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01
Mar

Polli-Nation Pollinator of the Month: Fig Wasp

(Beyond Pesticides, March 1, 2017) The Fig wasp is the pollinator of the month for March. A highly evolved pollinator crucial to the life cycle of the fig tree, the fig wasp is part of the chalcidoid family. Within this classification, it is a member of the agaonidae sub family, which consists of both mutualistic pollinating, and parasitic, non-pollinating, fig wasps.

Fig wasps have a mutually beneficially relationship with fig trees, as both the tree and the wasp rely on each other for reproduction. According to the Encyclopedia Britannica, there are about 900 species of pollinating fig wasps that are responsible for pollinating 900 different fig tree species. The relationship between fig trees and fig wasps is so evolved that each type of fig wasp pollinates only one specific type of fig tree, creating a beautiful and interdependent evolutionary partnership.

Range
The range of the fig wasp is dependent on the range of fig trees, which, according to the Encyclopedia of Life, are mainly found in the tropical and subtropical areas of the southern hemisphere. The most widely known fig tree, the common fig tree, or Ficus carica, is native to southwest Asia and the Mediterranean, and range anywhere from Afghanistan to Portugal. The strong demand and high commercial value of the fig fruit has led to the naturalization of the common fig tree in additional parts of the world that have the requisite mild and semi-arid climate required for the species to grow. California, Oregon, Texas, Utah and Washington all commercially produce the common fig tree.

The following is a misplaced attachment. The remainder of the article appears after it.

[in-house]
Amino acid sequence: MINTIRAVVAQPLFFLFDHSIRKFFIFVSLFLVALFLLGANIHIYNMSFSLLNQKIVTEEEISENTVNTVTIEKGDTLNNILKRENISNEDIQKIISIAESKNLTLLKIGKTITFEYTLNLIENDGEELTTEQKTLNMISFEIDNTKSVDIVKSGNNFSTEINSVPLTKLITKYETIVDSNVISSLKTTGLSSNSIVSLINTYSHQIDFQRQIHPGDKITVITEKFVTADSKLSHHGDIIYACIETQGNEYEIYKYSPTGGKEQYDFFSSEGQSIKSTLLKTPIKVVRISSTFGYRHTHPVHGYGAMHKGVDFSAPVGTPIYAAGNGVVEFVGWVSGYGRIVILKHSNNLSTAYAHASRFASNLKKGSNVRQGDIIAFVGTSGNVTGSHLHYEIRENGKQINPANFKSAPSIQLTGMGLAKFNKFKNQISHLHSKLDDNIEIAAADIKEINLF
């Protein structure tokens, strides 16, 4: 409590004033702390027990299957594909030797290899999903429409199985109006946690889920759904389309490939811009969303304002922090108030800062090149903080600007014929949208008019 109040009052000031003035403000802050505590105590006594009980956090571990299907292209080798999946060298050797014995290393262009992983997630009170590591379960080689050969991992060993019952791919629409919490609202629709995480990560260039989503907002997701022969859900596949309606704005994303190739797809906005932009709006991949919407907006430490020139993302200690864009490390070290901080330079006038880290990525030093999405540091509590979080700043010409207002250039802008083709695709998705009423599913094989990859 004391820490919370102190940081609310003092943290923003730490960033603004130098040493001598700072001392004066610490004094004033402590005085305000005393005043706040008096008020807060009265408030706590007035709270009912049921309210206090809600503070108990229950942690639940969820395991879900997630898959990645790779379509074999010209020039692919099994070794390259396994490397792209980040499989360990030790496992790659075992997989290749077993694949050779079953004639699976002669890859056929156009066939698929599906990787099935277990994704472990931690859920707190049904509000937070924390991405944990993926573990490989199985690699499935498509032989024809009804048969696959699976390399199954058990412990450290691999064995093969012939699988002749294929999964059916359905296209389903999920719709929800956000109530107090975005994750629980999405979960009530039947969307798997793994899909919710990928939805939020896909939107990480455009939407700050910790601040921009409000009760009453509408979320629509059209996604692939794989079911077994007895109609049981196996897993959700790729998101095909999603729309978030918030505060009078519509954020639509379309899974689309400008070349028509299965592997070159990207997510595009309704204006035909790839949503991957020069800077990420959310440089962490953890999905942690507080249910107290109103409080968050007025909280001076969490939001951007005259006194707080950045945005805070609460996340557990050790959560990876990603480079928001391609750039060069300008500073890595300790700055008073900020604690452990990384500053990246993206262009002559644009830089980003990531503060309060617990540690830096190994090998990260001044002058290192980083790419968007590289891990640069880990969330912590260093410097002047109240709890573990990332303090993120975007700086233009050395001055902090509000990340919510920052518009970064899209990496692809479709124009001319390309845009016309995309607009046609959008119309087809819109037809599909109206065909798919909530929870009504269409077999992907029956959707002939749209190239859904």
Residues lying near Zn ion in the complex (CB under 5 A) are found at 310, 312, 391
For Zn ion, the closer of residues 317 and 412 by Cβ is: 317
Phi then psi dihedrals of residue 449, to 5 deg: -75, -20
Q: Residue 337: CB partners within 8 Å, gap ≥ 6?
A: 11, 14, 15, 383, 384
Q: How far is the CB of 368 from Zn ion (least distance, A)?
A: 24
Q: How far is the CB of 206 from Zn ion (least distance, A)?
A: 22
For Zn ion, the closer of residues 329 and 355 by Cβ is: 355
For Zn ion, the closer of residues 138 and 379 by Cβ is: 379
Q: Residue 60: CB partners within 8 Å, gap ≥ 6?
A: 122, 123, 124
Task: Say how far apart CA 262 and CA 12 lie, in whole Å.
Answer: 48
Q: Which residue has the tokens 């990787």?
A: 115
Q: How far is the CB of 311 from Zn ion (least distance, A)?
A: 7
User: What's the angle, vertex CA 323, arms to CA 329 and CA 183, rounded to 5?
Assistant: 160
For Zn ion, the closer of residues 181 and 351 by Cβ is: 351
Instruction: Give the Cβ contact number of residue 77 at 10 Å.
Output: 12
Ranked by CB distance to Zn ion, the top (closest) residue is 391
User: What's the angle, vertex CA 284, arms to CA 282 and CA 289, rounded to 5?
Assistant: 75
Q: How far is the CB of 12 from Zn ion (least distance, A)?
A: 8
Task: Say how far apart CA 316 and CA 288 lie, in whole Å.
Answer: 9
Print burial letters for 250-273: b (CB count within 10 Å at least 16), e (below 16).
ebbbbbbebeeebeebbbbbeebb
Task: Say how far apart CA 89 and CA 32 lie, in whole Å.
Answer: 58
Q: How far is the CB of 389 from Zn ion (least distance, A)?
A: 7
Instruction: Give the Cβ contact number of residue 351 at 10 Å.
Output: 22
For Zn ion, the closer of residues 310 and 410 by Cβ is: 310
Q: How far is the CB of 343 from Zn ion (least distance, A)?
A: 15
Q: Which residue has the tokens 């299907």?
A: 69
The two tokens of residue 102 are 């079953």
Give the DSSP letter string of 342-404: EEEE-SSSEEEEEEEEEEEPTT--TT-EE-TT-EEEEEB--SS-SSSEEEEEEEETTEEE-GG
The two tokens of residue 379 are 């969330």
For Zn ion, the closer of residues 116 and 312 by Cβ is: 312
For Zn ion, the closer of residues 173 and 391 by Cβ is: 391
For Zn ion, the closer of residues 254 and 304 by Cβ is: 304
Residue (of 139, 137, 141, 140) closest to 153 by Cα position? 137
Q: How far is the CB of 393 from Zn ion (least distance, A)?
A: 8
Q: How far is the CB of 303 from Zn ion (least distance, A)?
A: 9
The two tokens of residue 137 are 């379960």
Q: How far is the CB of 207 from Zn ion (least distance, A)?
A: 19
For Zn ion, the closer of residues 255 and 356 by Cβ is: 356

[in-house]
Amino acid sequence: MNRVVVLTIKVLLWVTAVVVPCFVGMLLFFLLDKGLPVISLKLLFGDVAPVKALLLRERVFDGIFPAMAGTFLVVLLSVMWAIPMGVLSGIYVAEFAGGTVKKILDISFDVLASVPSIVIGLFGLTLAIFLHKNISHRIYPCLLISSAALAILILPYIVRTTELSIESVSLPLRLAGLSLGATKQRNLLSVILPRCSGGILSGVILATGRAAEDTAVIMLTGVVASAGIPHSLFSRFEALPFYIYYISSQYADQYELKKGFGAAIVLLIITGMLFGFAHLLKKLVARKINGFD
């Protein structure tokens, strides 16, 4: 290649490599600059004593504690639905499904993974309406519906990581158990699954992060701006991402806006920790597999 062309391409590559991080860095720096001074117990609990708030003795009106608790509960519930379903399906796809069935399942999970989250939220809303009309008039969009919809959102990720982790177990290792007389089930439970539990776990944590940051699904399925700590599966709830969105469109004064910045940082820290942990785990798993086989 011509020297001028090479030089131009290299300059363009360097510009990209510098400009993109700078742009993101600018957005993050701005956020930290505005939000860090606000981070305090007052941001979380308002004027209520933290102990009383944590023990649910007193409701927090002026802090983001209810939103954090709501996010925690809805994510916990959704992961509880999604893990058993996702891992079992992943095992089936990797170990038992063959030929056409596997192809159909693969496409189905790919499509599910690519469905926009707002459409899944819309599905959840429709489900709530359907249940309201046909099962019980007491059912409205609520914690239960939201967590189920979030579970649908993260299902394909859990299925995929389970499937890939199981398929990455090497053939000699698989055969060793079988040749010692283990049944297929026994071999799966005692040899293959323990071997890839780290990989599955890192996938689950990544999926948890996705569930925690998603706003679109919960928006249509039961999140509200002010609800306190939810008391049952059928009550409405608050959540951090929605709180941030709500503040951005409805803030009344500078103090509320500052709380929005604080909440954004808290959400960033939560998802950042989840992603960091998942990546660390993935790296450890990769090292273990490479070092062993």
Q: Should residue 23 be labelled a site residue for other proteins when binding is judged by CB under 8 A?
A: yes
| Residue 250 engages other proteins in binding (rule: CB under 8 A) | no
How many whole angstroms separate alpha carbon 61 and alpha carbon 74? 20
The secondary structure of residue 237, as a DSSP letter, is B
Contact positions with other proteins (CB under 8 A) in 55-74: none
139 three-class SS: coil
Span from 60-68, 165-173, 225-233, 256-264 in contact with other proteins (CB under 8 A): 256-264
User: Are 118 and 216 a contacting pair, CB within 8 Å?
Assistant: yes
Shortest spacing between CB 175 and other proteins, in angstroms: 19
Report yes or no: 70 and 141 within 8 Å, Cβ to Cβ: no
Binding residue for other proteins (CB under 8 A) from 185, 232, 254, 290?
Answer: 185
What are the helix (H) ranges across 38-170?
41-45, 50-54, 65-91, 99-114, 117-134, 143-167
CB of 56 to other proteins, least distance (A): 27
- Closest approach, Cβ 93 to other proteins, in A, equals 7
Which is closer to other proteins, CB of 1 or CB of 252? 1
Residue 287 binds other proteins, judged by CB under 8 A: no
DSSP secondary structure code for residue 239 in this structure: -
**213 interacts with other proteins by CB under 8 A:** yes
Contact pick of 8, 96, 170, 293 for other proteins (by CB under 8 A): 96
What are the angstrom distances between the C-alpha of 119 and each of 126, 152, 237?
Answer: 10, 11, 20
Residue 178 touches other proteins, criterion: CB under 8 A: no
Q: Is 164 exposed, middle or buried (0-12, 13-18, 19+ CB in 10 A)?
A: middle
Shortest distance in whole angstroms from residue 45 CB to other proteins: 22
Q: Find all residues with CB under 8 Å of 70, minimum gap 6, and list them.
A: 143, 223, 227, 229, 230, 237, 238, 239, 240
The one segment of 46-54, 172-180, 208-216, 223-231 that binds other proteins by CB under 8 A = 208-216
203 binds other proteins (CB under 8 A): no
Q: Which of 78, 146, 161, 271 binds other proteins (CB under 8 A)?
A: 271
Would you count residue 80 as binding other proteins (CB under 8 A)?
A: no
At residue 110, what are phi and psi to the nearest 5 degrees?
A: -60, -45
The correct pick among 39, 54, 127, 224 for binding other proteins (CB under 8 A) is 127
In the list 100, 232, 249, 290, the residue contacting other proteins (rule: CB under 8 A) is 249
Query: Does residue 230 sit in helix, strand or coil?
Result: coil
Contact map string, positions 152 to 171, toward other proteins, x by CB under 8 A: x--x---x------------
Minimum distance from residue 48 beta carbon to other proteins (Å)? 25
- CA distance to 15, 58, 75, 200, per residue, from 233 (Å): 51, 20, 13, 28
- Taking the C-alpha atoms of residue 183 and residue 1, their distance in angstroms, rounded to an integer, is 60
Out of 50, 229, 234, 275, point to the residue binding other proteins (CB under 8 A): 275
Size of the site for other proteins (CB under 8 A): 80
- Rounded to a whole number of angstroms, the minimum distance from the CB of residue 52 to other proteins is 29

Western consumers predominately eat figs from the common fig tree. This is due largely to the fact that this variety does not require pollination to the same extent as other fig species, making them easy to grow at home or in climates without naturally occurring fig wasp populations. However, there are two species of fig wasps that have been introduced in North America, which are typically used to pollinate the commercially valuable Smyrna fig.

Diet, Pollination, and Life Cycle
The fig wasp exclusively coexists with fig trees, which makes the fig fruit their primary source of nutrition. In order to understand the diet and method of pollination of the fig wasp it is important to understand their life cycle, which is heavily intertwined with the fig fruit. Fig wasps can be separated into two different groups, pollinating and non-pollinating, each of which plays an important role in the life cycle of a fig. Pollinating wasps provide a mutually beneficial service to the trees in the form of pollination, while non-pollinating wasps use the plant as a source of food, and often act as a parasites to either the fig plant or the pollinating wasps.